6,000 suicide bombers recruited if US fails to ink Afghanistan deal, warn Afghan Taliban
ISLAMABAD - Afghanistan peace deal could be the first step towards resetting Afghanistan’s future as US Secretary of State Mike Pompeo is set to witness the signing of the agreement and prepare the ground for a political settlement between the warring sides.
America’s top diplomat will stand with political leaders of the Taliban, Afghanistan’s former rulers who sheltered Osama bin Laden and his militant network until 2001 as he plotted and conducted the 9/11 attacks.
A statement from Trump on Friday said Pompeo would be present for the signing of the deal that will pave way for US troop numbers to drop to 8,600 from about 13,000 in the weeks following the deal.
Further reductions of western forces will hinge on the Taliban adhering to a “reduction in violence” pledge, a condition that will be assessed by the United States.
But prospects for war-torn Afghanistan’s future are uncertain. The agreement sets the stage for peace talks involving Afghan factions, which are likely to be complicated.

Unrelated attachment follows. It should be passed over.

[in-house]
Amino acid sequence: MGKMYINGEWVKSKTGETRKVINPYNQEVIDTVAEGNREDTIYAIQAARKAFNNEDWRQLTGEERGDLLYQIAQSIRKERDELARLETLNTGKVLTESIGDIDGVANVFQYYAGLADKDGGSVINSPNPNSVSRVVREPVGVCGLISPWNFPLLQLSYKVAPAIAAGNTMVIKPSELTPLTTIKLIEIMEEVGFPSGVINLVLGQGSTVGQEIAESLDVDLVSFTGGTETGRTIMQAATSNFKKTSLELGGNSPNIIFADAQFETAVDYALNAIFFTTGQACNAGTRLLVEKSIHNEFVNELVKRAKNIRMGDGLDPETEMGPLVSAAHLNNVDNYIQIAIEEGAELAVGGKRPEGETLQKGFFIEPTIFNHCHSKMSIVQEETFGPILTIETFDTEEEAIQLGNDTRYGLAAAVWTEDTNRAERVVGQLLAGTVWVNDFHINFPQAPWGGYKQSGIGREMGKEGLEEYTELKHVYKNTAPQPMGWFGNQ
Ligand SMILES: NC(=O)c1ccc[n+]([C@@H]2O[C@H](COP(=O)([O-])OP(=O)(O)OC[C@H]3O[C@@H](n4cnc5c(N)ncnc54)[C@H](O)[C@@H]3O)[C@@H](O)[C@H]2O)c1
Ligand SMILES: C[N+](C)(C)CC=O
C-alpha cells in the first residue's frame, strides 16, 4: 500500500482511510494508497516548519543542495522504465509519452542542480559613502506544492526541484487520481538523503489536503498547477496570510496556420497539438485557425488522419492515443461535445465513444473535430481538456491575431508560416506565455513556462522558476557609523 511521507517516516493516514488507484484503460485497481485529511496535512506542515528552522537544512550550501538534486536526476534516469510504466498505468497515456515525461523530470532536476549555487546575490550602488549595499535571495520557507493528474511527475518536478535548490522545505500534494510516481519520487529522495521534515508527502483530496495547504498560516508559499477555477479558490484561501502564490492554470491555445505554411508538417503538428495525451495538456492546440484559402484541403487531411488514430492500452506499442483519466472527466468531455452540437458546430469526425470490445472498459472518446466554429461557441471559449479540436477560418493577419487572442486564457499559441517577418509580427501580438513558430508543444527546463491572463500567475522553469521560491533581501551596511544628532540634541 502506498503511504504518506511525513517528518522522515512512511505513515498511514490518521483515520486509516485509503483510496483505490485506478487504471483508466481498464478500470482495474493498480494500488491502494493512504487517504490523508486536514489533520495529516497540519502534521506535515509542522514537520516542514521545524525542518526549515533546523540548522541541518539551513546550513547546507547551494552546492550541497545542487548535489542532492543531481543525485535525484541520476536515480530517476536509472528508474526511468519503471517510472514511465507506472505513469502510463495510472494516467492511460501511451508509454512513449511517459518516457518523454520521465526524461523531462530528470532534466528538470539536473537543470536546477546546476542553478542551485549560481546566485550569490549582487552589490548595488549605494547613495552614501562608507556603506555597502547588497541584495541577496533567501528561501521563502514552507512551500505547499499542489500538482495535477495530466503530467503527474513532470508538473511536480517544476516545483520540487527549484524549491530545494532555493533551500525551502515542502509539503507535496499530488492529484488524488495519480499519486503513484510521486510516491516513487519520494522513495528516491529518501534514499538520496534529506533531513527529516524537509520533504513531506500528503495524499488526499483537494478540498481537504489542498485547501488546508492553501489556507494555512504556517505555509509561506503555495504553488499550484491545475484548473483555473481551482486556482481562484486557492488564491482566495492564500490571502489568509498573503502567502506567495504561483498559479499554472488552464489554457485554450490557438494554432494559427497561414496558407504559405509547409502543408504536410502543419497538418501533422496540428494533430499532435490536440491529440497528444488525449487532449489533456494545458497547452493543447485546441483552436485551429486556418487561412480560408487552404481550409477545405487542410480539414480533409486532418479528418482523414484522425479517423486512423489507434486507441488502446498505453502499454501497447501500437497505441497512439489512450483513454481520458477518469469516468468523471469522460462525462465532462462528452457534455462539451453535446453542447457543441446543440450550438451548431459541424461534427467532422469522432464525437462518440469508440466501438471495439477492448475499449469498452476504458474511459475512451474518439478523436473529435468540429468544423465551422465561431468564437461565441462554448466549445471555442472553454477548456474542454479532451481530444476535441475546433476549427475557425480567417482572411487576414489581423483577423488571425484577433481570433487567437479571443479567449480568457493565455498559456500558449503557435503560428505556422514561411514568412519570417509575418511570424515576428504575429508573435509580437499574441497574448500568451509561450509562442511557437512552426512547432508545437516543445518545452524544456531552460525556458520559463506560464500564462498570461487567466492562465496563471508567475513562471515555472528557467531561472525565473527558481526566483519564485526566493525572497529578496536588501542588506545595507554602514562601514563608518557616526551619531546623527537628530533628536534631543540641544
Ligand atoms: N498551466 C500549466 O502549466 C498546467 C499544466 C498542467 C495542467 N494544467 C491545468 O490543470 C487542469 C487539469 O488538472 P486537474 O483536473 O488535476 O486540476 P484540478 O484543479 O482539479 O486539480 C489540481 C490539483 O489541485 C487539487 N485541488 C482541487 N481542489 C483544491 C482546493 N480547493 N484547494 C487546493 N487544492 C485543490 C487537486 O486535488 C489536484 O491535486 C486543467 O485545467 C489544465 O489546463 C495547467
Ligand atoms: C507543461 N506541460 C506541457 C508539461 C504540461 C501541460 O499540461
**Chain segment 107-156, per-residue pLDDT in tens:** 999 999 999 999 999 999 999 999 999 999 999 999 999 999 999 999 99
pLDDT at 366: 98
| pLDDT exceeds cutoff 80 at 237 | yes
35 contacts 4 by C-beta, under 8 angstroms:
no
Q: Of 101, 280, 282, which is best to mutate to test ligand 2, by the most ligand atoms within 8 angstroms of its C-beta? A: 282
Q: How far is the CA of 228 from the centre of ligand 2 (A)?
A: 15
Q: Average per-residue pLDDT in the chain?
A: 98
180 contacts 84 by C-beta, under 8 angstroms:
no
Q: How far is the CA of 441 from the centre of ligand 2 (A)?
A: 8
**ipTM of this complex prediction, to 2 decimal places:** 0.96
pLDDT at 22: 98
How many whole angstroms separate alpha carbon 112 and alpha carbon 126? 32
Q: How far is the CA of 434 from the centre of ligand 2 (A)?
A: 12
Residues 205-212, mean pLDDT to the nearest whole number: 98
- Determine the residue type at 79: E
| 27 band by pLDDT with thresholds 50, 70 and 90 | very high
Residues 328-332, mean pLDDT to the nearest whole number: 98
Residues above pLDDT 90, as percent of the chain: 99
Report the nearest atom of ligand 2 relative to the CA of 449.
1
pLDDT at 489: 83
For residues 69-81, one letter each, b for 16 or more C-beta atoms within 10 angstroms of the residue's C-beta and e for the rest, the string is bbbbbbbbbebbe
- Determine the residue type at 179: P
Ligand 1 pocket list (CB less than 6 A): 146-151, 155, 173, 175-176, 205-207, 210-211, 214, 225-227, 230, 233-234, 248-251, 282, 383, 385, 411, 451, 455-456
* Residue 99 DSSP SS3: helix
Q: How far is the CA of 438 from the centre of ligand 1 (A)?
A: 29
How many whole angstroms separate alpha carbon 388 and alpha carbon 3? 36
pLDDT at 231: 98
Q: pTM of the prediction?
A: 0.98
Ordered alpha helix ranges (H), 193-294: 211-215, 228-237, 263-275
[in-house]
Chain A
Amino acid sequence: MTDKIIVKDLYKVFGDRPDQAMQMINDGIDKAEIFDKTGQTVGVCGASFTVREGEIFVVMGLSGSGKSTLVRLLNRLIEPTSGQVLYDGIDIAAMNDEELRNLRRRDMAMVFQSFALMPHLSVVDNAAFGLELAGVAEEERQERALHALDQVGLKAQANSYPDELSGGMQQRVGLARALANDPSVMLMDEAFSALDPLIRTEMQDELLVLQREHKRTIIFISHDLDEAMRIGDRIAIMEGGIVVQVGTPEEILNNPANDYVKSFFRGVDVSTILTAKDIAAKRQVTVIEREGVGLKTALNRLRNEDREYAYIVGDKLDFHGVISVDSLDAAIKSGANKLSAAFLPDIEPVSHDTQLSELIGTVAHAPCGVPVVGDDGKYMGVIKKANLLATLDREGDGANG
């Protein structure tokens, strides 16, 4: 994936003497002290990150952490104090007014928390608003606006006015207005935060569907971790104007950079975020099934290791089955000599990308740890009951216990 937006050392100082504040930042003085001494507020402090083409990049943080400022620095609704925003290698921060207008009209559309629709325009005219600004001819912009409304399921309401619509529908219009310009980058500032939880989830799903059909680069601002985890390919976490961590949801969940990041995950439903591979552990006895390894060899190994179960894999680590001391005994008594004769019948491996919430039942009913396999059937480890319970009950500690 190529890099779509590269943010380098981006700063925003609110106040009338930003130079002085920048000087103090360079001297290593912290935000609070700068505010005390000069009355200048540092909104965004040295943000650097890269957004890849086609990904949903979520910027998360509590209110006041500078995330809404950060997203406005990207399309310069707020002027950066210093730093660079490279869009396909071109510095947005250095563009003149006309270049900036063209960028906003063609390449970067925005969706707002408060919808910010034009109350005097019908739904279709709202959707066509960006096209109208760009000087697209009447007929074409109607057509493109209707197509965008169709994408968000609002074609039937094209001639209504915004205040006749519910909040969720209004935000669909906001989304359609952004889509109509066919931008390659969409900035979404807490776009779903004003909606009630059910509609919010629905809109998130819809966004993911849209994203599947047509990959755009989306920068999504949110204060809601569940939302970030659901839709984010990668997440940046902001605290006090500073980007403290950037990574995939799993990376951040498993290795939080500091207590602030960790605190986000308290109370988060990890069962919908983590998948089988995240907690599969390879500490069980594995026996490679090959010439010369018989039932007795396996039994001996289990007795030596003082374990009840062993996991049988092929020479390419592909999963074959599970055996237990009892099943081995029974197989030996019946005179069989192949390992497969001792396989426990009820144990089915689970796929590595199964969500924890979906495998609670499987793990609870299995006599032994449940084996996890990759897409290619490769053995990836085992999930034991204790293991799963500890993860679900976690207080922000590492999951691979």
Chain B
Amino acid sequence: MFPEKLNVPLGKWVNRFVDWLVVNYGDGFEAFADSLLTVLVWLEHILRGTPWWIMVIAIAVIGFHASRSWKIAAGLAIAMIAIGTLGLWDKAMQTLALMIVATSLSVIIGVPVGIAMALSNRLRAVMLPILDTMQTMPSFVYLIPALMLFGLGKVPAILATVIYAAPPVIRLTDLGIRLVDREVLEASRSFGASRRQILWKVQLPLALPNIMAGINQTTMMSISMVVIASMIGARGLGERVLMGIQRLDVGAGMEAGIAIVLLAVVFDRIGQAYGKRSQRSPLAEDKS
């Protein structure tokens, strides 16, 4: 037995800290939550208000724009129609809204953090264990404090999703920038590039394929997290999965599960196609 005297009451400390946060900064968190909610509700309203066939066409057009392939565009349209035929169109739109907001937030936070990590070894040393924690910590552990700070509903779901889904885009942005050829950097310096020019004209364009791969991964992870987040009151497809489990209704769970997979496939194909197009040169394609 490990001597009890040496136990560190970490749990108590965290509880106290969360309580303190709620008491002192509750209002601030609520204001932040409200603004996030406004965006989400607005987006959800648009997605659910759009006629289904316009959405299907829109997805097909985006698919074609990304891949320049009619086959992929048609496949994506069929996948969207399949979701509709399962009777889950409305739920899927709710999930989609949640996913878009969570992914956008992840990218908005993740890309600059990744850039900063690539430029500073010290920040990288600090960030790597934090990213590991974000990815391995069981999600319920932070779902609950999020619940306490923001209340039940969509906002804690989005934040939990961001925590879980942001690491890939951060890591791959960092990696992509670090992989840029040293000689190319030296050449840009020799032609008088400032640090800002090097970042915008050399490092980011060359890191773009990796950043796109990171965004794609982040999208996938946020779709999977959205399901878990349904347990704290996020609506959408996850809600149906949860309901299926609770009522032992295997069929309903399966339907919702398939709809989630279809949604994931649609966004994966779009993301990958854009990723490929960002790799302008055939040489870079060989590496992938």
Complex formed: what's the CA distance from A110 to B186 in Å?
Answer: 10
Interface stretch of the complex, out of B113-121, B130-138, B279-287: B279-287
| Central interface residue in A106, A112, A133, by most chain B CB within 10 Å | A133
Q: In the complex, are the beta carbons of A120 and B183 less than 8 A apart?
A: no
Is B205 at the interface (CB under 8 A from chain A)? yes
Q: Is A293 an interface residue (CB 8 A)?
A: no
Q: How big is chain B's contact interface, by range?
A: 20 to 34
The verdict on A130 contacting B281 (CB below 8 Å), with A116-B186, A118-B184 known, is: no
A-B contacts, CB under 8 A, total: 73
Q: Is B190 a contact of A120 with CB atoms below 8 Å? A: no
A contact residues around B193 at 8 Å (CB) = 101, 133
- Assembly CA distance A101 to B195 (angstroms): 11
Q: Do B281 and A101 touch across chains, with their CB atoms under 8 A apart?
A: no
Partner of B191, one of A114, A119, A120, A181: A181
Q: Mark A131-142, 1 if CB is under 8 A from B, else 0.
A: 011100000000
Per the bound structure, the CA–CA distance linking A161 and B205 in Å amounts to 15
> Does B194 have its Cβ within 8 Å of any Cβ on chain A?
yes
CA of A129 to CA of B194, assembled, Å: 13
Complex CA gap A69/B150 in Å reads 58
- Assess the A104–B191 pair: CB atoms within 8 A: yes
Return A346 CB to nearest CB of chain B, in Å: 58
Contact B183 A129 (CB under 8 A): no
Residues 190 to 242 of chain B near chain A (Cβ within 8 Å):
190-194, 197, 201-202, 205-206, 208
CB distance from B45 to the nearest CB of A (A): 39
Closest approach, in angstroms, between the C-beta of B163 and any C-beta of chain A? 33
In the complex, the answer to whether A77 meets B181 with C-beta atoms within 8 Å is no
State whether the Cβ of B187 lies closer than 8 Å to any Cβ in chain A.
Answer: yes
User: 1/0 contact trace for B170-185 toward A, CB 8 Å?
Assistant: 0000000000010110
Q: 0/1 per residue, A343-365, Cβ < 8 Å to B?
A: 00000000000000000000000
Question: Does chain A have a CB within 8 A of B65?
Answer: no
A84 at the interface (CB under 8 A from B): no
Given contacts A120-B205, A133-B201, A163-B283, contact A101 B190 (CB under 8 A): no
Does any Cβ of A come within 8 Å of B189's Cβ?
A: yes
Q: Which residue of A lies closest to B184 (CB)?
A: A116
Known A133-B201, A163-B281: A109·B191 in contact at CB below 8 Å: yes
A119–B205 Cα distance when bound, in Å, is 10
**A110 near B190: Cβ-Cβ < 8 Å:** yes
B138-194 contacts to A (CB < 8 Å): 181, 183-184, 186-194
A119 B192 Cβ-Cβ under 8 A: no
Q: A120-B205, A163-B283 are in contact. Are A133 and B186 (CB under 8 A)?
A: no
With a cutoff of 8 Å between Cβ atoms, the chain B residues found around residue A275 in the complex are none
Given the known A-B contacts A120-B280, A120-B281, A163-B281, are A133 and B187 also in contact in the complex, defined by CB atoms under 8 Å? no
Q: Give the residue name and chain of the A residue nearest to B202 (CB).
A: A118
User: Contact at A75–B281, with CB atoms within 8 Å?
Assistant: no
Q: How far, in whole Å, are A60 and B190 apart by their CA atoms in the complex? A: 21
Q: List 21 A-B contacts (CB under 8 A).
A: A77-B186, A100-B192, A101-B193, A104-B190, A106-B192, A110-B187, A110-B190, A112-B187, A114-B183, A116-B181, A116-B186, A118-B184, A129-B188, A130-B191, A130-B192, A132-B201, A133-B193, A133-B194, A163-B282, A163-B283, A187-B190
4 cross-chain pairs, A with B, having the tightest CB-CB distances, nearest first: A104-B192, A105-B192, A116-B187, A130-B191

Under the deal, the Taliban wants 5,000 fighters to be released from Afghan-run jails, but it’s not clear whether the Afghan government will agree.
Some senior commanders of the Taliban who arrived in Doha for the signing ceremony said they will ensure that the US and Afghan governments accept all the conditions laid down by the group that controls about 40% of Afghanistan, according to Afghan defense officials.
Sources in the Taliban earlier this month said they were prepared to launch a spring offensive and had recruited more than 6,000 fighters if the agreement collapses.